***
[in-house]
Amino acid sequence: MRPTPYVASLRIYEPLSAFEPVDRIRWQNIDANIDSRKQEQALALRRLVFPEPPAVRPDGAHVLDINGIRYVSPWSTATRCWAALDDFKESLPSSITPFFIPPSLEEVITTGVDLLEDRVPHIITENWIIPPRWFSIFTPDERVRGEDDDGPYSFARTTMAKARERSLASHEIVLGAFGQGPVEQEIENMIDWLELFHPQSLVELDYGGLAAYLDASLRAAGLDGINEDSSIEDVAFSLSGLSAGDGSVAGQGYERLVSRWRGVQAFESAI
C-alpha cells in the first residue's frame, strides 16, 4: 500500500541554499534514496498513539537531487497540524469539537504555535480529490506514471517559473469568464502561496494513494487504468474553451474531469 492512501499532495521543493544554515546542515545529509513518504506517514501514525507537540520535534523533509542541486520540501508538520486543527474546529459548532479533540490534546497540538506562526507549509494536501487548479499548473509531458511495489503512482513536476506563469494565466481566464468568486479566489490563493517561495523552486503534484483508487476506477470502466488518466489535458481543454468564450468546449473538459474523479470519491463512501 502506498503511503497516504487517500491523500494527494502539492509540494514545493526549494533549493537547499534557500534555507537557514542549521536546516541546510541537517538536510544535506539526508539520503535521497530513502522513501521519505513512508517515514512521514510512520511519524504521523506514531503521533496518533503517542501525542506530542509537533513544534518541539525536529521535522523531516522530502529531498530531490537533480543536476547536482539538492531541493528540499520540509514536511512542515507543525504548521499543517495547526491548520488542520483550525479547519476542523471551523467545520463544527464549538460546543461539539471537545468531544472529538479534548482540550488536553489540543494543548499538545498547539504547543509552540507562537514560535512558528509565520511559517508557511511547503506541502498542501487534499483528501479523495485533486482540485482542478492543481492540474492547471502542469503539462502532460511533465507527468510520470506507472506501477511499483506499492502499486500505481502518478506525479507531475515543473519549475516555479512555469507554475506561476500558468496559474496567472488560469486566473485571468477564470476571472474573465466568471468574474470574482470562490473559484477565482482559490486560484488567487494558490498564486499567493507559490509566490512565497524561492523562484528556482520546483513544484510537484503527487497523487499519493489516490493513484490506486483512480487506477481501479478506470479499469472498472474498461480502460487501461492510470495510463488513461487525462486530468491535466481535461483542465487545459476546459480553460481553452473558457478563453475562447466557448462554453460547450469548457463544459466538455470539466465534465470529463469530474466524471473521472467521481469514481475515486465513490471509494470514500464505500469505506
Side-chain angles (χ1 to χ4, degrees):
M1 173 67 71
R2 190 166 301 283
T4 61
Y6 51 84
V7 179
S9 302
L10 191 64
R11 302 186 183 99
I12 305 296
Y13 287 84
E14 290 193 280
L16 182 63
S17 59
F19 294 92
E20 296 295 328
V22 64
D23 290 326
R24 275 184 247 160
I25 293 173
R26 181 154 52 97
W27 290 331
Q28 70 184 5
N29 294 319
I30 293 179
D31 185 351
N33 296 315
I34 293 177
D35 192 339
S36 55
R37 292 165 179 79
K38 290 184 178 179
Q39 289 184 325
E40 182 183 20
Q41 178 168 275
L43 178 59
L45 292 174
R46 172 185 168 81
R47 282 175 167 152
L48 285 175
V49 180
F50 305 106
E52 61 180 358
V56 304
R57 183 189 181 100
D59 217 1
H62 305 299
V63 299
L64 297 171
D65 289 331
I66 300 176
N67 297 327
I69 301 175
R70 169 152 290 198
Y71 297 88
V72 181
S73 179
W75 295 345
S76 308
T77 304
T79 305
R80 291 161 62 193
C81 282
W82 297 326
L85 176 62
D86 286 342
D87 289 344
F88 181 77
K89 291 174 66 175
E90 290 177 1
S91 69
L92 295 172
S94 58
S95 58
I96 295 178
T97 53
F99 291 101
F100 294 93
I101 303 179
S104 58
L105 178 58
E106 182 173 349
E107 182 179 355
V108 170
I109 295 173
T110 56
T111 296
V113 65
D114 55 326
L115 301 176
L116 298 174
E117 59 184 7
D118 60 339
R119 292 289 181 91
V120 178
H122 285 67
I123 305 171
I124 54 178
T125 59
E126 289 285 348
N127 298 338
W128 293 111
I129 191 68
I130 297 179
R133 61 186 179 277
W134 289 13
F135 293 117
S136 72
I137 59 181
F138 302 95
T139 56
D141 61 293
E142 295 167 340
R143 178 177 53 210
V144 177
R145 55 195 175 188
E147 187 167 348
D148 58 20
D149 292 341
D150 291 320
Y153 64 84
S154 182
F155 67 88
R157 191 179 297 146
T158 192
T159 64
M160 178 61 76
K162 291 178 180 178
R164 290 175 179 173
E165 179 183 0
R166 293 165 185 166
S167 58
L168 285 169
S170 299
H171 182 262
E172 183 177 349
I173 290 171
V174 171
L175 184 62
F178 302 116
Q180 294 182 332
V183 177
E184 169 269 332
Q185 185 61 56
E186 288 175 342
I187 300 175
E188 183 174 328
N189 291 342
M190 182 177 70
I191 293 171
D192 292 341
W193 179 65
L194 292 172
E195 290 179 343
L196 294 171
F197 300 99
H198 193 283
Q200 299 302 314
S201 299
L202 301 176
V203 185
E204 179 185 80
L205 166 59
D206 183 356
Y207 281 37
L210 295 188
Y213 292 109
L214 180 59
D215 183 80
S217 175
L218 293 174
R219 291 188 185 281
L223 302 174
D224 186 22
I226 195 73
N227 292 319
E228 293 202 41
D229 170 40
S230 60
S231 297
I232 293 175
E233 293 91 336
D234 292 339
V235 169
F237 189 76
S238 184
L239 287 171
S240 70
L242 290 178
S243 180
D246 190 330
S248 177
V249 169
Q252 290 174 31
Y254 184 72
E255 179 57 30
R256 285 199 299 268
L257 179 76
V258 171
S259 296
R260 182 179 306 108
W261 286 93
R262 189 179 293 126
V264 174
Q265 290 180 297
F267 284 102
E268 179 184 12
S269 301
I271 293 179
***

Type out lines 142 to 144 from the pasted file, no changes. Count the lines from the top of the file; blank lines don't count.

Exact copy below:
L175 184 62
F178 302 116
Q180 294 182 332